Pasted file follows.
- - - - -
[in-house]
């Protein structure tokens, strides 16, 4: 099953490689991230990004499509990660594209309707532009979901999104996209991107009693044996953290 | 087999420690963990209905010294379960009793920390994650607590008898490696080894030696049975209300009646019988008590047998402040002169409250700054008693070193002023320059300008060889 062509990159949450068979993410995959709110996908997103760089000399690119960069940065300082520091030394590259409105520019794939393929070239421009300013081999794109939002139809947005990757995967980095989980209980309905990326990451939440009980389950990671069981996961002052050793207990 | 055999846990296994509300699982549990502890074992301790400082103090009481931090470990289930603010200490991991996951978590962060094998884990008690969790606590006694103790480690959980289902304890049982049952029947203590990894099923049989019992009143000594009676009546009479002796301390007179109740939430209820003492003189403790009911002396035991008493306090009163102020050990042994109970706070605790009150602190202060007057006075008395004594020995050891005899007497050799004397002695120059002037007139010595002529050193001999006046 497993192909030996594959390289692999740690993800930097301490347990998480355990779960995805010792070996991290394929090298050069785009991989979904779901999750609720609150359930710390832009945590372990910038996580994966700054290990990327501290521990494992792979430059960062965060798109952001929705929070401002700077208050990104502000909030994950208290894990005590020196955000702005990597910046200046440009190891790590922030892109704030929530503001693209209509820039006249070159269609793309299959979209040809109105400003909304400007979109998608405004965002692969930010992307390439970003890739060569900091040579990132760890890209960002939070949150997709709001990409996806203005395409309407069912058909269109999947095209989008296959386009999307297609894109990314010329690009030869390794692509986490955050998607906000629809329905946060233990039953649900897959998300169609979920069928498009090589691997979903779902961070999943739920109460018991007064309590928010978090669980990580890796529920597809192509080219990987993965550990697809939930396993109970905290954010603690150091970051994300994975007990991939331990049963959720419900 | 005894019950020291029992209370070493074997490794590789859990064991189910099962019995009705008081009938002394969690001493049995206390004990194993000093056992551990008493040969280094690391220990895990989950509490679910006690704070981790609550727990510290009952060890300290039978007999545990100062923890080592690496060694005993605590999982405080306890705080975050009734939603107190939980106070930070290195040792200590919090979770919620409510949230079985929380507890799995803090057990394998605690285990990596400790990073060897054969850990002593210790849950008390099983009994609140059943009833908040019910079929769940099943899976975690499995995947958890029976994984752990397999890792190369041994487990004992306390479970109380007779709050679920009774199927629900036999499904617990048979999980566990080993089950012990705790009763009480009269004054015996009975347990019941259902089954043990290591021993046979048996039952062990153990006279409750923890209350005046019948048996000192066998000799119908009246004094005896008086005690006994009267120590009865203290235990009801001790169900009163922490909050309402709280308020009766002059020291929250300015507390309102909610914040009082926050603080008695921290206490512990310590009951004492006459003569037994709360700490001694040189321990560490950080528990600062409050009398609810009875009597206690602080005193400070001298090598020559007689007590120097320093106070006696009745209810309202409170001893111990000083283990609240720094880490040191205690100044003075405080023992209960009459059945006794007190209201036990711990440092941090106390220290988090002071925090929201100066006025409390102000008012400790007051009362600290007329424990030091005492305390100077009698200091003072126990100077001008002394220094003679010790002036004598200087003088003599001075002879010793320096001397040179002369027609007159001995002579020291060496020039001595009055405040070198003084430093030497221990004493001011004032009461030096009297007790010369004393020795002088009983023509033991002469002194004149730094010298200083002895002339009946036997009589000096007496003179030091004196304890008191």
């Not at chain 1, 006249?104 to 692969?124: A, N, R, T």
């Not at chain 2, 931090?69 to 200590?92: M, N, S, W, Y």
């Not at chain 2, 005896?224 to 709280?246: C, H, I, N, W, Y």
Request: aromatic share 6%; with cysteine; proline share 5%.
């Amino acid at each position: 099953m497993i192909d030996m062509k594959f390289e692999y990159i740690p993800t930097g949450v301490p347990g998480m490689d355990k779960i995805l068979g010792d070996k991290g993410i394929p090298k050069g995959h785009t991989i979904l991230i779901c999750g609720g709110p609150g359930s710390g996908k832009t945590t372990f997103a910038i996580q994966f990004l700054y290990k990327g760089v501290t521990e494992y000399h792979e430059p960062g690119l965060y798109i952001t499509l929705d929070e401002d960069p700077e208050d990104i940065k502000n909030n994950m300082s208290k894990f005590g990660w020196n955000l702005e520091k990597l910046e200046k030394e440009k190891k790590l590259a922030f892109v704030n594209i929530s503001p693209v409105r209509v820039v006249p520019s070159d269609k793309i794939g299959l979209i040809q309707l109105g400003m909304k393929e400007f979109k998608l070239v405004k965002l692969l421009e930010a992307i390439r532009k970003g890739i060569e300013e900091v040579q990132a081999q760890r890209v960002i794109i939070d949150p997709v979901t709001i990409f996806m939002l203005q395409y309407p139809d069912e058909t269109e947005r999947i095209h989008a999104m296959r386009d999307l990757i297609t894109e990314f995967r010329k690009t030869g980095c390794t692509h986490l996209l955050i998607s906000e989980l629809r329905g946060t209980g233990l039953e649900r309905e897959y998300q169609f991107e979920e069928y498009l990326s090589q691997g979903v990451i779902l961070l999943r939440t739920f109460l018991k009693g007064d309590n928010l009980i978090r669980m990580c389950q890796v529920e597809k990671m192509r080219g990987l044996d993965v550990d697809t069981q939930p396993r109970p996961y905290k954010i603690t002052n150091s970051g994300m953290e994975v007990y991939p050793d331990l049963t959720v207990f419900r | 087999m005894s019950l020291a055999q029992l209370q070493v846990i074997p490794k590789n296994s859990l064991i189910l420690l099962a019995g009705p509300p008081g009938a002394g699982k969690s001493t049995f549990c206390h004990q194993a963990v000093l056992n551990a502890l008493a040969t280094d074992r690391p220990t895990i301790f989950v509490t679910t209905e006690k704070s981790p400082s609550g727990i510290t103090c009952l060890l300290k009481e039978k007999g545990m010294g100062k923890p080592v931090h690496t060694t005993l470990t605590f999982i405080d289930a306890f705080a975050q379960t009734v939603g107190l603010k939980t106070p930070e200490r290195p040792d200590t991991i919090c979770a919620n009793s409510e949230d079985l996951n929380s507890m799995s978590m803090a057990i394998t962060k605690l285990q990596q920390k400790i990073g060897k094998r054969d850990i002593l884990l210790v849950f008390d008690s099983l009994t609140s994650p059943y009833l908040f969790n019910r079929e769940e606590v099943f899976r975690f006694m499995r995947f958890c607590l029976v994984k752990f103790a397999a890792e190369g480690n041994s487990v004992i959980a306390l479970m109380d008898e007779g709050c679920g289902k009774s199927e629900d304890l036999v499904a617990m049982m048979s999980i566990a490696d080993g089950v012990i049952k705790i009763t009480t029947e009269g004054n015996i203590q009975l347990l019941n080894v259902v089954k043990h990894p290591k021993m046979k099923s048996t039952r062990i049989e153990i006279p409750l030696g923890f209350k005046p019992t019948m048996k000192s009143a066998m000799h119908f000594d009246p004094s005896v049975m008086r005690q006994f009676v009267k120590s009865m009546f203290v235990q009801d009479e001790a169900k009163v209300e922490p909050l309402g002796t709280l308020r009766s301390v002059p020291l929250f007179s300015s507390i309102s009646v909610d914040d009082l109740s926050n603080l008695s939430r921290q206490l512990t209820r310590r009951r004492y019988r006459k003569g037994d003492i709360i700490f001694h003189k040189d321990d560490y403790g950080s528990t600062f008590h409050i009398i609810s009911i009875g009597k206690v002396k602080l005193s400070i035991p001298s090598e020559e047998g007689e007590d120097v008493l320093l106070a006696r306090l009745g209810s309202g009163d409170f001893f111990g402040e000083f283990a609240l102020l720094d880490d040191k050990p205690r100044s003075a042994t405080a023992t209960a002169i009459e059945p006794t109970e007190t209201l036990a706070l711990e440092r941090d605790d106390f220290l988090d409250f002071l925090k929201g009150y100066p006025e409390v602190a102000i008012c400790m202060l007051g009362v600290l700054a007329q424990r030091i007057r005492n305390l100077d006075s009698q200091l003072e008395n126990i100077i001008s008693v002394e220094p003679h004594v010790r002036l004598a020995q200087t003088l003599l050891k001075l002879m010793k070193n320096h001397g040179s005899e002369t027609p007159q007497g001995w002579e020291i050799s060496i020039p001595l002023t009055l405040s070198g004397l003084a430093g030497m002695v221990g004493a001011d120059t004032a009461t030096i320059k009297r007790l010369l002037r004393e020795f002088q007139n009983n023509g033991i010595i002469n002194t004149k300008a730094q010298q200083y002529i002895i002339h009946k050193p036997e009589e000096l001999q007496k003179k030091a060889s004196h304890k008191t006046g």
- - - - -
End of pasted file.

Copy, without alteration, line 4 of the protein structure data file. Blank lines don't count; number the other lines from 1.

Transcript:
């Not at chain 2, 931090?69 to 200590?92: M, N, S, W, Y």